People with Sleep Apnea are Particularly At Risk for Blood Sugar Problems

 

There appears to be a bidirectional relationship between sleep apnea and diabetes: people with diabetes aremore likely to develop sleep apnea, and those who have poor quality sleep because of sleep apnea may experience problems with glycemic control that elevate their risk for type 2 diabetes. According to the International Diabetes Federation, more than half of people with type 2 diabetes have some form of sleep disturbance, with ⅓ having obstructive sleep apnea. Additionally, up to 40% of people with sleep apnea have or will develop diabetes.

Sleep apnea is a condition in which your airway periodically becomes restricted during the night, cutting off your supply of oxygen. These frequent disruptions to your nighttime sleep may leave you feeling exhausted in the morning. Sleep apnea also disrupts your metabolic pathways, making you more vulnerable to glucose intolerance and insulin resistance. Even for individuals without diabetes, sleep apnea can lead to poor blood glucose control that may easily push you into the prediabetes range. Scientists do not yet understand why sleep apnea affects blood sugar levels so strongly, but research in this area is ongoing.

Practicing Good Sleep Hygiene Can Improve Glycemic Control

The best thing you can do to keep your blood sugar levels within a steady range is to establish a routine for your diet, exercise, and sleep patterns. If you find yourself having trouble sleeping, consider your sleep hygiene practices. The following tips can help you get a better night of sleep and thus experience improved glycemic control:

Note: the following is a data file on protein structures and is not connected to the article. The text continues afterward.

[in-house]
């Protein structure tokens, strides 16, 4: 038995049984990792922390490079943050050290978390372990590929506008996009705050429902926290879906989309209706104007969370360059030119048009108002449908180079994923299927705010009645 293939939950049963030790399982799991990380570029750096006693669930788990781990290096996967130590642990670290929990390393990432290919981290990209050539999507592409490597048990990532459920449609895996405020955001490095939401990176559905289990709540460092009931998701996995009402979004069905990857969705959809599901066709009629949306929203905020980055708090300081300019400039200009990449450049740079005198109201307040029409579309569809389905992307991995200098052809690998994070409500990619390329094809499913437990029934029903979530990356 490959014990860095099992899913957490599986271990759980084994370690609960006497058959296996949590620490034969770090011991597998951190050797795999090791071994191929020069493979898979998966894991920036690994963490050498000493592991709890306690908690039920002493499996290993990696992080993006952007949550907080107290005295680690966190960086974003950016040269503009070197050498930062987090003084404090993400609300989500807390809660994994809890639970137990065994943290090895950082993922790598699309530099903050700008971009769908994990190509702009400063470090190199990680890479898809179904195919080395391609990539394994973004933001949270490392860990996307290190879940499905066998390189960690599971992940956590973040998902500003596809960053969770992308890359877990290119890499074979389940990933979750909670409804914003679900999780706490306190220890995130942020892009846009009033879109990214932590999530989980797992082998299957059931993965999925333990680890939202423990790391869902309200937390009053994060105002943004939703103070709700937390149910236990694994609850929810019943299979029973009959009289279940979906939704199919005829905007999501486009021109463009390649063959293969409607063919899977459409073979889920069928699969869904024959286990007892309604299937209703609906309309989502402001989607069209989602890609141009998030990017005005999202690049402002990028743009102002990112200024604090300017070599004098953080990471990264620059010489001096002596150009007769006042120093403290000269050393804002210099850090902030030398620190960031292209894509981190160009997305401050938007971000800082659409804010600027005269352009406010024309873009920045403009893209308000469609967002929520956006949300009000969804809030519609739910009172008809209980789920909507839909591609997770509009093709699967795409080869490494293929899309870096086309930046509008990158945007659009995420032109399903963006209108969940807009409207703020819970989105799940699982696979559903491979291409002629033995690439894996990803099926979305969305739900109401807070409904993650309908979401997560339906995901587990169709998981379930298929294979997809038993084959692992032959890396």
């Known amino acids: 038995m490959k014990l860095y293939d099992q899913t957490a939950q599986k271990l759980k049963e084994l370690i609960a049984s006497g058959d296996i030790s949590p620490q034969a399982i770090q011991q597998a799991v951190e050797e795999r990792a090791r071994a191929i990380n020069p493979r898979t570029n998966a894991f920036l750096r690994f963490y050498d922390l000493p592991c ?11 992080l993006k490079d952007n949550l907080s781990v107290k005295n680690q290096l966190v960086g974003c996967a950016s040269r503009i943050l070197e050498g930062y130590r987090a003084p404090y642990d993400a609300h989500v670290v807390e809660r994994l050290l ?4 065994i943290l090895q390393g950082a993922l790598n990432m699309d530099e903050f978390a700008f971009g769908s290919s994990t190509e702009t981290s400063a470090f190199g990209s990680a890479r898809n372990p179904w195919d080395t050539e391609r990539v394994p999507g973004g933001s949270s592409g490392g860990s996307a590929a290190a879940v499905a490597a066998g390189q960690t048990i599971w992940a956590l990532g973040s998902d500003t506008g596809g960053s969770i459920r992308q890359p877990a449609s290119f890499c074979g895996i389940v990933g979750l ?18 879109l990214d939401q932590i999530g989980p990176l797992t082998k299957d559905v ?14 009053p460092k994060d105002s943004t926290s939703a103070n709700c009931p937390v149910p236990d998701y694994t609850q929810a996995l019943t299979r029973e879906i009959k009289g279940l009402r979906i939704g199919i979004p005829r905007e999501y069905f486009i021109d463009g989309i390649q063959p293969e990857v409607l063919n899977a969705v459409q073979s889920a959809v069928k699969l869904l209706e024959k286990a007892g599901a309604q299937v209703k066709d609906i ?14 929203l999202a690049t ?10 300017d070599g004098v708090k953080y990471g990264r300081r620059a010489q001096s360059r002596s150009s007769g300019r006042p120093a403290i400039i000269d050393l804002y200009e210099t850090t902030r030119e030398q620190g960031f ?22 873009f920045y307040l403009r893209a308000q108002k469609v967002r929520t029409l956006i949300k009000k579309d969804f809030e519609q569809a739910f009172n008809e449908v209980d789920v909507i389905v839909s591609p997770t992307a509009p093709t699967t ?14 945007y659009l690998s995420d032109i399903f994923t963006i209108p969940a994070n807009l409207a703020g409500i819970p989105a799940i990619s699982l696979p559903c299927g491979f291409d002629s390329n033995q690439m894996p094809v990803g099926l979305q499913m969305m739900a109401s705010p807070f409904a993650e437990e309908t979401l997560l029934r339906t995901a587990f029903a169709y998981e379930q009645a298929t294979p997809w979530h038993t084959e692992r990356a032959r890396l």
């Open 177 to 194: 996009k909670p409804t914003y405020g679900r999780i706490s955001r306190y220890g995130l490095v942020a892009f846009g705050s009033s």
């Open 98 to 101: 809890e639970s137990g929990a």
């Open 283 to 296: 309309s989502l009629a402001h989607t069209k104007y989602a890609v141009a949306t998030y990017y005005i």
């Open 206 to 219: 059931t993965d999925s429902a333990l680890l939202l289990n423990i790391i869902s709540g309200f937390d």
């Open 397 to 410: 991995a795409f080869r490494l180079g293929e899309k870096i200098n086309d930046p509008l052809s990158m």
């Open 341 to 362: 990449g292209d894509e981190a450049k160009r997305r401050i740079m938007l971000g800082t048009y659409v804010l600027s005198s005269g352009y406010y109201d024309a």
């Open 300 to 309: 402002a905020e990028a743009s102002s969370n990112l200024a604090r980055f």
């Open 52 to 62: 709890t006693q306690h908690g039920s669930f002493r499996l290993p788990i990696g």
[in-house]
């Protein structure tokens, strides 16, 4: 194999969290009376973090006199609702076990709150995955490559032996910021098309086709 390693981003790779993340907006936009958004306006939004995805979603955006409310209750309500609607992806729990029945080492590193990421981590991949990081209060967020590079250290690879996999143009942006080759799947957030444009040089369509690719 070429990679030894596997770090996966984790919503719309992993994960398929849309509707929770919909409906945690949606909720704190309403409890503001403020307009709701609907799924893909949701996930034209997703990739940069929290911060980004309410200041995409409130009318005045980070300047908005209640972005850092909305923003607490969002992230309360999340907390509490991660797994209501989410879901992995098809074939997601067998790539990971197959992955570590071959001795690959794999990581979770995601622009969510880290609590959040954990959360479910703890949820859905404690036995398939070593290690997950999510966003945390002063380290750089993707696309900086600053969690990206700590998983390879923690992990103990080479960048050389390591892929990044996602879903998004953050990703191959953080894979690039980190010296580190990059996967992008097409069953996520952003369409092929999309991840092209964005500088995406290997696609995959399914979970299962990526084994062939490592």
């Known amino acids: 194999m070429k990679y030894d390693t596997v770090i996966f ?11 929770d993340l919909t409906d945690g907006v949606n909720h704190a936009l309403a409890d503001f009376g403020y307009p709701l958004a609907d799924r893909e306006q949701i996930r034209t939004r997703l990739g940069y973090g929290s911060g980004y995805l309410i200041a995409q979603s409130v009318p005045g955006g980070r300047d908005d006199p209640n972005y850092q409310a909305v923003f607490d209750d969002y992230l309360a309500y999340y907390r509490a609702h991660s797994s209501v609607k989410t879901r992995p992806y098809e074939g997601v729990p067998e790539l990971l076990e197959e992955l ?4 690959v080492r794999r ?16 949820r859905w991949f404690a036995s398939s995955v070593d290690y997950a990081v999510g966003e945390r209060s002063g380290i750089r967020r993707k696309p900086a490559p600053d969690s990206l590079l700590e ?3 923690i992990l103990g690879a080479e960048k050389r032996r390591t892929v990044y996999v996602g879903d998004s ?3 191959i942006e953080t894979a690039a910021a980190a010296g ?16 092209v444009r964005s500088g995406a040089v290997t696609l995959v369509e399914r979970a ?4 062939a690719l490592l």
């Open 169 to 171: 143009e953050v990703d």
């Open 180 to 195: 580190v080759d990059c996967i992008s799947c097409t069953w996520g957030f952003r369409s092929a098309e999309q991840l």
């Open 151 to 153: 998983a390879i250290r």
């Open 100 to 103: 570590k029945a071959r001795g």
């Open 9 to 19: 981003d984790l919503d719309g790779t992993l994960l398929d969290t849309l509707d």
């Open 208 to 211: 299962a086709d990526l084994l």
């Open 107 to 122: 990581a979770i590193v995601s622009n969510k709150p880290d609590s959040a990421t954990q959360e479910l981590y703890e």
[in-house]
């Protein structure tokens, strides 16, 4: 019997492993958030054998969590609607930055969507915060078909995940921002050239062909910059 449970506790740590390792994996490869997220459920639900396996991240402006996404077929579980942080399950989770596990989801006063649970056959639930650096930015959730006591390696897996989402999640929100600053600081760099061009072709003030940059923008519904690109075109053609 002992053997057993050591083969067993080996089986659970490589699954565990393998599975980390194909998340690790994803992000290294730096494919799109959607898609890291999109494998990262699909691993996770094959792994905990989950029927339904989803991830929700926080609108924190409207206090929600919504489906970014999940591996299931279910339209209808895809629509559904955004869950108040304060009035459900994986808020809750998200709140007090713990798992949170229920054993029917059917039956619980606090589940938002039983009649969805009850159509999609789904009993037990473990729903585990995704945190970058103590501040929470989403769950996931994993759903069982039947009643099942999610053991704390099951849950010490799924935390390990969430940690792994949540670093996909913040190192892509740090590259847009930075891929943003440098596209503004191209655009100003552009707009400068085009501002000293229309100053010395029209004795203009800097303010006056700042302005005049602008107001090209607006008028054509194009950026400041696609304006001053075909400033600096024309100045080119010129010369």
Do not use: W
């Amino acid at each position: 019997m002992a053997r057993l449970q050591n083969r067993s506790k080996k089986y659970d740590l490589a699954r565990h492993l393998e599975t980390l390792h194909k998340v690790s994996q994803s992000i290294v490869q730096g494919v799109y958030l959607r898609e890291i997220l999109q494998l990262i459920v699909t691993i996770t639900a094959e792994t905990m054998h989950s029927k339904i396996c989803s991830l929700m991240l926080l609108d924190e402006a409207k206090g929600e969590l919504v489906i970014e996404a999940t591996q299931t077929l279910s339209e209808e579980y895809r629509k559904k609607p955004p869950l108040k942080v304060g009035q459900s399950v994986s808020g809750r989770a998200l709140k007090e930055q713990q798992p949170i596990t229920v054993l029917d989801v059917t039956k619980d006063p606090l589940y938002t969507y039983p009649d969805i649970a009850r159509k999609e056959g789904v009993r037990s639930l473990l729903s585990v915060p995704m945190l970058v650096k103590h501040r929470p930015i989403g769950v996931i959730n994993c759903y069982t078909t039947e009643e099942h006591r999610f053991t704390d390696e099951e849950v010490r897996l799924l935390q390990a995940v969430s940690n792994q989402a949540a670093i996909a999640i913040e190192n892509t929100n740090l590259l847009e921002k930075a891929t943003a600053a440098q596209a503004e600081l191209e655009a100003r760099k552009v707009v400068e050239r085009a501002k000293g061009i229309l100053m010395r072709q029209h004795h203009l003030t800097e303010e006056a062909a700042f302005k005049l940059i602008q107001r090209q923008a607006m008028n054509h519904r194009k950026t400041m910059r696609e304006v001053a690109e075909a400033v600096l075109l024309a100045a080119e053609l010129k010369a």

If you have tried improving your sleep hygiene but still have difficulty falling asleep, staying asleep, or feeling well rested in the morning, a sleep disorder may be to blame.

Visiting a sleep specialist is the best way to ensure that your sleep problems do not go undetected. This is particularly important for people with diabetes or prediabetes, as getting a good night of rest is essential to metabolic functioning, proper endocrine system regulation, and good glycemic control.

Make an appointment with your Seattle sleep specialist for an accurate diagnosis and to understand how sleep may impact your medical health. Call Sound Sleep Health at (425) 279-7151 today!

 

 


Sources

https://www.endocrineweb.com/conditions/diabetes/normal-regulation-blood-glucose

https://www.cdc.gov/diabetes/data/statistics/2014statisticsreport.html

http://jamanetwork.com/journals/jamainternalmedicine/fullarticle/486425

https://www.ncbi.nlm.nih.gov/pubmed/26944909

https://www.ncbi.nlm.nih.gov/pmc/articles/PMC3065172/

https://sleepfoundation.org/sleep-topics/how-alcohol-affects-sleep

http://healthysleep.med.harvard.edu/healthy/getting/overcoming/tips

https://www.idf.org/e-library/consensus-statements/62-idf-consensus-statement-on-sleep-apnoea-and-type-2-diabetes